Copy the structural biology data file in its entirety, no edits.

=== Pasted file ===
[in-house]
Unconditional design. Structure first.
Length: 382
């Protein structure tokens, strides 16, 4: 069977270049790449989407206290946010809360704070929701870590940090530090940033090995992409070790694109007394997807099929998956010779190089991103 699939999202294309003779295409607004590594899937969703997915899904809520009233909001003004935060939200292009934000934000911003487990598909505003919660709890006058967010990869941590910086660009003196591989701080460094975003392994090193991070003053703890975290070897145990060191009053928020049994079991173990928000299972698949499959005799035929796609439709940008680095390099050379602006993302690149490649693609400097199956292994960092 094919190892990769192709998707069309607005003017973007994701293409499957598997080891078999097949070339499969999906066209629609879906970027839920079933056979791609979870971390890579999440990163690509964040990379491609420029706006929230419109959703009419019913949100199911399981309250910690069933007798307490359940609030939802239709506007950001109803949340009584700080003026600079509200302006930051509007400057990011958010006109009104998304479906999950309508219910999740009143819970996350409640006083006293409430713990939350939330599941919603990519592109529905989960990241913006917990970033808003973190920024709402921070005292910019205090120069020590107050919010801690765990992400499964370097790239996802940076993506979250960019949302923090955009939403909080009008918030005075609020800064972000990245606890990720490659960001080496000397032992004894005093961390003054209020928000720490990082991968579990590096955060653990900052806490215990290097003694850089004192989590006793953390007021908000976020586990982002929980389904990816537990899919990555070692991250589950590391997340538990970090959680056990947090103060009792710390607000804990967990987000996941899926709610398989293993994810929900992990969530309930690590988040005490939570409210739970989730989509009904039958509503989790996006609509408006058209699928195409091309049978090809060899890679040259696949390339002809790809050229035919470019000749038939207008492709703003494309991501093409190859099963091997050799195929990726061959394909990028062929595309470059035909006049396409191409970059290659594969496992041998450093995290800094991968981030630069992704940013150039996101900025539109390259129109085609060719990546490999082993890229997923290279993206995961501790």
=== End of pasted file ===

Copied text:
[in-house]
Unconditional design. Structure first.
Length: 382
């Protein structure tokens, strides 16, 4: 069977270049790449989407206290946010809360704070929701870590940090530090940033090995992409070790694109007394997807099929998956010779190089991103 699939999202294309003779295409607004590594899937969703997915899904809520009233909001003004935060939200292009934000934000911003487990598909505003919660709890006058967010990869941590910086660009003196591989701080460094975003392994090193991070003053703890975290070897145990060191009053928020049994079991173990928000299972698949499959005799035929796609439709940008680095390099050379602006993302690149490649693609400097199956292994960092 094919190892990769192709998707069309607005003017973007994701293409499957598997080891078999097949070339499969999906066209629609879906970027839920079933056979791609979870971390890579999440990163690509964040990379491609420029706006929230419109959703009419019913949100199911399981309250910690069933007798307490359940609030939802239709506007950001109803949340009584700080003026600079509200302006930051509007400057990011958010006109009104998304479906999950309508219910999740009143819970996350409640006083006293409430713990939350939330599941919603990519592109529905989960990241913006917990970033808003973190920024709402921070005292910019205090120069020590107050919010801690765990992400499964370097790239996802940076993506979250960019949302923090955009939403909080009008918030005075609020800064972000990245606890990720490659960001080496000397032992004894005093961390003054209020928000720490990082991968579990590096955060653990900052806490215990290097003694850089004192989590006793953390007021908000976020586990982002929980389904990816537990899919990555070692991250589950590391997340538990970090959680056990947090103060009792710390607000804990967990987000996941899926709610398989293993994810929900992990969530309930690590988040005490939570409210739970989730989509009904039958509503989790996006609509408006058209699928195409091309049978090809060899890679040259696949390339002809790809050229035919470019000749038939207008492709703003494309991501093409190859099963091997050799195929990726061959394909990028062929595309470059035909006049396409191409970059290659594969496992041998450093995290800094991968981030630069992704940013150039996101900025539109390259129109085609060719990546490999082993890229997923290279993206995961501790």